As Vladimir Putin and Donald Trump prepare to take part in the July 16 Helsinki Summit—their first meeting to not take place on the sidelines of a broader summit—expectations in both capitals are low. Virtually no one expects a breakthrough on any of the issues dividing Moscow and Washington. Yet, following a near-collision between Russian and US forces in Syria earlier this year, both countries see a need to at least stabilize the relationship. Granted, communication channels between their militaries are vitally important for the task of deconfliction. However, if US-Russian tensions are to de-escalate, a high-level dialogue between presidents is required. If the upcoming summit lays the groundwork for such a dialogue, it will have served a useful purpose.
Since 2014, Russia and the US have been embroiled in a conflict comparable to, yet very different from, the Cold War; one that is as, or even more, dangerous than its twentieth-century predecessor. In February 2018, US forces killed a number of Russian private contractors advancing on positions held by US allies at Deir-ez-Zor. In April, the US and its allies launched missile strikes against Syria, following a dire warning from Moscow, whose Chief of the General Staff threatened to retaliate should Russian assets or personnel be harmed. In these two instances, the two countries came closer to a direct military confrontation than at any time since the 1962 Cuban Missile Crisis. This new confrontation can be termed a hybrid war–a term that is not to be confused with hybrid warfare, which is more about the methods used than the essence of conflict.
This conflict is a two-way contest, not just a series of Russian raids against a largely passive US. It should be viewed as part of the ongoing transformation of the international order. In this wider process, Moscow is not Washington’s main competitor—that title belongs to Beijing—but it is nonetheless active, visible, and vociferous, and increasingly aligned with Beijing.
The hybrid war is fought in multiple domains, including the economic, informational, cyber, and military. Taking place in a much more integrated and globalized world than the bipolar one that hosted the Cold War, this new conflict is highly dynamic rather than static and is often fought in the global commons, without barriers like the Iron Curtain and the Berlin Wall. Economic and financial sanctions against Russia have become the weapon of choice for the US and its allies. The stated purpose of such instruments has been to make the Kremlin change its course by increasing the price that Russia’s oligarchs, business community, and citizens must pay for Putin’s policies. This recalls the ultimate objective of any war: to break the opponent’s will.
Consequently, the erstwhile distinction between foreign and domestic does not apply to the current conflict, and the home front is now key. Even before 2014, Russia’s state-run news outlets targeted Western audiences and took the battle to the US and Europe. Not content to merely counter the West’s incessant criticism of authoritarian practices and human rights abuses in Russia, they began identifying and exploiting the flaws and failures of the US political system with the aim of discrediting it in the eyes of the disgruntled—within and beyond the US. Much like the West’s Cold War-era propaganda, which did not discriminate between the liberal Andrei Sakharov and the nationalistic Alexander Solzhenitsyn as both were essentially anti-Soviet, Russian propagandists look to both the left and the right to promote ideas and voices critical of US politics and policies.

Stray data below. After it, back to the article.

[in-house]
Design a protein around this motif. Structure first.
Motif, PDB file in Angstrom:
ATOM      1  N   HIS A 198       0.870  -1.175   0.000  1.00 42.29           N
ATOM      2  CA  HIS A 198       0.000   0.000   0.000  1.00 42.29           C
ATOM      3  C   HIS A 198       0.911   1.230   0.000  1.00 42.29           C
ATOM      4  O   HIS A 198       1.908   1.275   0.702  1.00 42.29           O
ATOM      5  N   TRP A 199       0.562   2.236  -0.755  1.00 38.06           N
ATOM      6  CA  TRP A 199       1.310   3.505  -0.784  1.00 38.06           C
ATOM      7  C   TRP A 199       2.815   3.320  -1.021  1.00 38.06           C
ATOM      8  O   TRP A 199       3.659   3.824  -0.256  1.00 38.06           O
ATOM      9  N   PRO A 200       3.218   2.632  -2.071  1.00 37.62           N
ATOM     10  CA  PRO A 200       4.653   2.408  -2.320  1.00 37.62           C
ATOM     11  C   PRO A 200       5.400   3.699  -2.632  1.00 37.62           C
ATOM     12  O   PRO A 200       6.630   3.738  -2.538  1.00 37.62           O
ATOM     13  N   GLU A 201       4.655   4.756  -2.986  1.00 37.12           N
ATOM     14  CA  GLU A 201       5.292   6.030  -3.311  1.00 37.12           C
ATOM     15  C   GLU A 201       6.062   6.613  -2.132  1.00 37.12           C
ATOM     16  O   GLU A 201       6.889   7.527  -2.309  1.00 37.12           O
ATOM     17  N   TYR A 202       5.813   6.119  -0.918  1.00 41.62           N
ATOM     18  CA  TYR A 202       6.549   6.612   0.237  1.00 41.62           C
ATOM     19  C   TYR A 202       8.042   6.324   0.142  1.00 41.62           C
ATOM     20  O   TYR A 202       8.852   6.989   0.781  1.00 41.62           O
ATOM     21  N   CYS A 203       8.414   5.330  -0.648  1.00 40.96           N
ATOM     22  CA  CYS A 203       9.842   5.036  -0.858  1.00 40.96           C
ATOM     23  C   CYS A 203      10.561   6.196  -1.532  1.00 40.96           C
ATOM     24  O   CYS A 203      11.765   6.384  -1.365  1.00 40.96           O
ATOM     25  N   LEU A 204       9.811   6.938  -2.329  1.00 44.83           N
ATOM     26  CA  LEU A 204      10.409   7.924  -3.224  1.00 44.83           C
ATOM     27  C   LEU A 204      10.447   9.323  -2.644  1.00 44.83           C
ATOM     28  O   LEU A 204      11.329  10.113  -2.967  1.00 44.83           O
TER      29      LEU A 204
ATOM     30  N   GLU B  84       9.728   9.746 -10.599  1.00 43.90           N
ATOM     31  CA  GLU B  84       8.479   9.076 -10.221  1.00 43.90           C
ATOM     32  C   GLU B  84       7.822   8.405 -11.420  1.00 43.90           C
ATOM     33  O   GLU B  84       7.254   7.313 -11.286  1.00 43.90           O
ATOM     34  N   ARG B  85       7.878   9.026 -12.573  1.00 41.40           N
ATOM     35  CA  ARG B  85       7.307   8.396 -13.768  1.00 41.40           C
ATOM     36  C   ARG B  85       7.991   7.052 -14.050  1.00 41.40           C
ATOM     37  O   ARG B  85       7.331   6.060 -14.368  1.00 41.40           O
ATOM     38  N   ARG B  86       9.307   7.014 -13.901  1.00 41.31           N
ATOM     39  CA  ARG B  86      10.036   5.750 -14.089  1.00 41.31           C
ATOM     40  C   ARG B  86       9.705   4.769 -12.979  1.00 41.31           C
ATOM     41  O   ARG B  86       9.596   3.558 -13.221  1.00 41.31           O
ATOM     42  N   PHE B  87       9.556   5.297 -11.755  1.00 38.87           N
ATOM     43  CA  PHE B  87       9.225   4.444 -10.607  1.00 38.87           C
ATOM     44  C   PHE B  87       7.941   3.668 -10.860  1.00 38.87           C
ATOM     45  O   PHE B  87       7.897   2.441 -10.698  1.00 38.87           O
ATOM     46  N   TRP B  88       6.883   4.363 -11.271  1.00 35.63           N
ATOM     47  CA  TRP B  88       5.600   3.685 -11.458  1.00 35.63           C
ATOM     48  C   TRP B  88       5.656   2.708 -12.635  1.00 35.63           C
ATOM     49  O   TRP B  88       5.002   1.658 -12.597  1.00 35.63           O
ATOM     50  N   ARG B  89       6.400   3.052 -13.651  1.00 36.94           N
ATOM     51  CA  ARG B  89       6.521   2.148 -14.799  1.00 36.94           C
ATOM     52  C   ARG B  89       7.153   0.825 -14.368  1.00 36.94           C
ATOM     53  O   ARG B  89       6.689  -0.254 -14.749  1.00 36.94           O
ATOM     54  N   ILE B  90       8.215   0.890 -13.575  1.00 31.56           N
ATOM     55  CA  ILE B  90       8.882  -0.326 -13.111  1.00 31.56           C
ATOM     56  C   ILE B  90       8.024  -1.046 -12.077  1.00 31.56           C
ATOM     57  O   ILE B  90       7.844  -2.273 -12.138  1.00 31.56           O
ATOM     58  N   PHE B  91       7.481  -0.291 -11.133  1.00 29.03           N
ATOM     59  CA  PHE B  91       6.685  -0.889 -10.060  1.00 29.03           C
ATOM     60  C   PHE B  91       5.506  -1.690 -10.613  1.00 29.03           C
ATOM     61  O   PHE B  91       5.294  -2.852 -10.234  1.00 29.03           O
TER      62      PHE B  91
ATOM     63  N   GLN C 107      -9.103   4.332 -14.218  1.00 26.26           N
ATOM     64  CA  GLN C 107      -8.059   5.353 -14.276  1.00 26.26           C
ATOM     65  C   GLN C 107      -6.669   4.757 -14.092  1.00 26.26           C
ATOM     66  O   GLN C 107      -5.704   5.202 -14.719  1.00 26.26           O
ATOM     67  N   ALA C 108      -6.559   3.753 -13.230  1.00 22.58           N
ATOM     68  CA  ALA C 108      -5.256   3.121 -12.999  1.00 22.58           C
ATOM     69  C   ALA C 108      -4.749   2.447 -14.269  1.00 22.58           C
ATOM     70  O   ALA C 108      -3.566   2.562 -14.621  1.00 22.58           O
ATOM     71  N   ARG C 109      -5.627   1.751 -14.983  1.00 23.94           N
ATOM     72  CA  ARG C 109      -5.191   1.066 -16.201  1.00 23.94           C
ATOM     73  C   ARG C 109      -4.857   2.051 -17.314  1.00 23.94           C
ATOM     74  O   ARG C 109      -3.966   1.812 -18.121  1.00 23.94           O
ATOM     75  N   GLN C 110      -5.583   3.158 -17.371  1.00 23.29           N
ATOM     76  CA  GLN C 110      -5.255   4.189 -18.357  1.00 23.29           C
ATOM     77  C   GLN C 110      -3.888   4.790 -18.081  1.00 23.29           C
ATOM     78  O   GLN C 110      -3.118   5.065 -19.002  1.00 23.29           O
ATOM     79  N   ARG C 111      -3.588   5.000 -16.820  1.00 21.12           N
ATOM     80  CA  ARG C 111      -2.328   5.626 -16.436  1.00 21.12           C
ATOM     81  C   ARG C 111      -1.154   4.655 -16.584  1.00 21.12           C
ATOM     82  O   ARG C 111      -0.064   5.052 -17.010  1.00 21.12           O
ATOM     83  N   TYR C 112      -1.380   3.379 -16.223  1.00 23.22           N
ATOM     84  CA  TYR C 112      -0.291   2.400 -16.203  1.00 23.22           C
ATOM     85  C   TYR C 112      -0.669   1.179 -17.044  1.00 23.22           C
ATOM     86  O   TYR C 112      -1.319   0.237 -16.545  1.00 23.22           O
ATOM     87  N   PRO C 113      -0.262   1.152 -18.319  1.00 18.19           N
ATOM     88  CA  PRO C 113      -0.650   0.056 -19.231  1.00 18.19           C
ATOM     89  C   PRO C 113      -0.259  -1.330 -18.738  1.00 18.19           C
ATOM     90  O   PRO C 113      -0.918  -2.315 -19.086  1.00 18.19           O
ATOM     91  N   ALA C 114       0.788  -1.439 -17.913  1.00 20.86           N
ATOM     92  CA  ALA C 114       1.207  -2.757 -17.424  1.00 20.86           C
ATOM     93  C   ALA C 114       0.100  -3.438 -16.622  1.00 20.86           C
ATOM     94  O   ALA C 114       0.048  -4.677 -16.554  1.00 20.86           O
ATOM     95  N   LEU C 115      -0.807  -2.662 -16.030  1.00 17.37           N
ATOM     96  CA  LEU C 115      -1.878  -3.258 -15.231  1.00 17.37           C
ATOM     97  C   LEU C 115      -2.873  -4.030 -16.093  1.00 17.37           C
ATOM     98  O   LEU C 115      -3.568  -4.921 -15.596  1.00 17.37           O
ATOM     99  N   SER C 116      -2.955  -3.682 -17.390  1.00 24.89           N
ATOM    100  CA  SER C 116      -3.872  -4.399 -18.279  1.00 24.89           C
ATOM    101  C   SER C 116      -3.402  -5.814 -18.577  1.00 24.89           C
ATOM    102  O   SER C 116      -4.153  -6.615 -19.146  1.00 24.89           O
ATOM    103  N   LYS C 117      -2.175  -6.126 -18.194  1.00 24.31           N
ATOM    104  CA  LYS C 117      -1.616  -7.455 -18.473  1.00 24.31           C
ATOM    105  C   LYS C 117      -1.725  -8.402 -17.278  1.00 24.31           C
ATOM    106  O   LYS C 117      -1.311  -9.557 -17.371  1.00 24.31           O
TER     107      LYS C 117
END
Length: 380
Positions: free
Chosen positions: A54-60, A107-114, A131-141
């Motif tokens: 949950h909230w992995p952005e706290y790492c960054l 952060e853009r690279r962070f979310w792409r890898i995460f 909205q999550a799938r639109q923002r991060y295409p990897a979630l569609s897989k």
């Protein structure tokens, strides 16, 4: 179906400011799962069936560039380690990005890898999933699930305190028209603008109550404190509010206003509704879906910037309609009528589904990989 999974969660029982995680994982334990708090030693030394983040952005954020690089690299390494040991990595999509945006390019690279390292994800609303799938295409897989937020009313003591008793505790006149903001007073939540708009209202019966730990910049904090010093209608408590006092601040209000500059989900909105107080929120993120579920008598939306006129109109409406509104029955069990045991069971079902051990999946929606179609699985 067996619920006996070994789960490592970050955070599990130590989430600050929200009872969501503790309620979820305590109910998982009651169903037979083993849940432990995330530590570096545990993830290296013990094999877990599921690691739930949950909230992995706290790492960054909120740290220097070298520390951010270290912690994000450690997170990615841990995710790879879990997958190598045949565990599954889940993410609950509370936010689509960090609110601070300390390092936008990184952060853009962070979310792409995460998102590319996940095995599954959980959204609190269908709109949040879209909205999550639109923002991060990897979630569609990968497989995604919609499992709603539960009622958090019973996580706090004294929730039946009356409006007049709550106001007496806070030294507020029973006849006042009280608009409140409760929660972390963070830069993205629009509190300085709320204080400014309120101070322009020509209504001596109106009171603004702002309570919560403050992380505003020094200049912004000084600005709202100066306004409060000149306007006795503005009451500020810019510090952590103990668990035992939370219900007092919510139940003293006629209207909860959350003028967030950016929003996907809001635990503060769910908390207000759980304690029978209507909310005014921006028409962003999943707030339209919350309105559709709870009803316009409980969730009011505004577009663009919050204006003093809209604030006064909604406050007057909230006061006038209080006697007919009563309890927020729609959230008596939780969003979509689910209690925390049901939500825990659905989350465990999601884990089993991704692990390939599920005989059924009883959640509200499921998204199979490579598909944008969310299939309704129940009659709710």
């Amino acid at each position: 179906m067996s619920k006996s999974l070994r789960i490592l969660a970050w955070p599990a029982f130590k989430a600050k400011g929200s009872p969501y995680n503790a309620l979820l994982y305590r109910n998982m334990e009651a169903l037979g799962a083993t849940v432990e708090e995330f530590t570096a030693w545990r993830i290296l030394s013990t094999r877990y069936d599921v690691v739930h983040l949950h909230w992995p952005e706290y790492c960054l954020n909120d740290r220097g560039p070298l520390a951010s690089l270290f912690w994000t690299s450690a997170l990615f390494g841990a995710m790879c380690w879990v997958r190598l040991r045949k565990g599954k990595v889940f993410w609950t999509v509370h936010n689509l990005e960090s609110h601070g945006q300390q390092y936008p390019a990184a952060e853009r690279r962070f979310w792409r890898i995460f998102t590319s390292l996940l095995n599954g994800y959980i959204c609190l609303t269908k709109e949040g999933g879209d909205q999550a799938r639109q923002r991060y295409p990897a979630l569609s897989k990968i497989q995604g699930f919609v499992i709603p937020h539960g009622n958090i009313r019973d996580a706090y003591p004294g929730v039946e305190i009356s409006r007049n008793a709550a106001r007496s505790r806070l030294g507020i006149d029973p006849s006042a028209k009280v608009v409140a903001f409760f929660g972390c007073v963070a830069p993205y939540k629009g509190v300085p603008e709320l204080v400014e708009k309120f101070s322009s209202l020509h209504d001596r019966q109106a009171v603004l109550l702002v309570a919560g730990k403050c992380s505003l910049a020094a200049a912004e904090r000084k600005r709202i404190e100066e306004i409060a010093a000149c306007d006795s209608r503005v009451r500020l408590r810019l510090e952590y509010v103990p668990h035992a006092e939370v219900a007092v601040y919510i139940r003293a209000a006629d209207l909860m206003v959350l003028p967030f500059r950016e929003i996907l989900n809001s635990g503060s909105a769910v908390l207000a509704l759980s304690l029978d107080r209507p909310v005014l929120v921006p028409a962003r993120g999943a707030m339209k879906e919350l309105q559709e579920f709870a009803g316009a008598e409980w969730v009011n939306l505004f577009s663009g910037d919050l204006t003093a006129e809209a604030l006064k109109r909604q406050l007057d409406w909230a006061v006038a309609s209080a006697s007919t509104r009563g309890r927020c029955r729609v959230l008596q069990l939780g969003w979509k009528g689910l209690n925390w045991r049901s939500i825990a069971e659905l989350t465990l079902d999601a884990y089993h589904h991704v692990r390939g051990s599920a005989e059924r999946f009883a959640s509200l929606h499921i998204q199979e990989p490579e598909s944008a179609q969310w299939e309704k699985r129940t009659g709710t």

In the 2016 US presidential election, their strategy appears to have been to depict the vote as a cynical manipulation of the electorate by the elites rather than a genuine exercise in democracy; compromise and thus undermine Hillary Clinton, whom Russia’s ruling elites intensely disliked over her support for anti-Putin protestors in 2011-2012, and amplify Trump’s diatribes against the US political establishment. There have probably been other operations by those whom Putin once described as “patriotic hackers” less visible to the naked eye. In any case, Moscow’s informal answer to Washington was that the US interferes everywhere, including in Russia-why not fight back? After all, à la guerre comme à la guerre. However, it is unlikely that the Kremlin believed it could get Trump elected.
Compared to the Cold War, today’s information warfare is more sophisticated and also more vicious. Under the hybrid war’s conditions, the erstwhile grudging respect for one’s rival that existed between the USSR and the US is no more. With values front and center, ahead of interests and ideology, today’s US political establishment believes it occupies the moral high ground and finds it unpalatable if not impossible to deal with a morally abject regime such as Russia’s. The fact that Trump appears to admire the strongman that is Putin (along with Chinese President Xi Jinping and North Korean leader Kim Jong Un) and seeks to engage him further destabilizes US domestic politics. Those US political elites who tirelessly fight against Trump view him as a traitor and treat Russia as a central player in the US’s domestic political crisis.
Unlike its twentieth-century predecessor, the hybrid war is also a vastly unequal contest. The US overwhelms Russia by an order of magnitude in virtually all important respects, except in terms of nuclear weapons, where a degree of parity remains. Despite the foreign policy chaos created by Trump, the US can still call on scores of allies and partners to maximize the impact of, and legitimize, its own actions. Russia, by contrast, is essentially a lonely power. Even its de jure allies, such as Belarus and Kazakhstan, are protective of their sovereignty and proud of what they call a multi-vector foreign policy. Moscow’s expanding entente with Beijing is a major asset, but China only backs Russia when it serves its own interests, not out of any sense of selfless solidarity.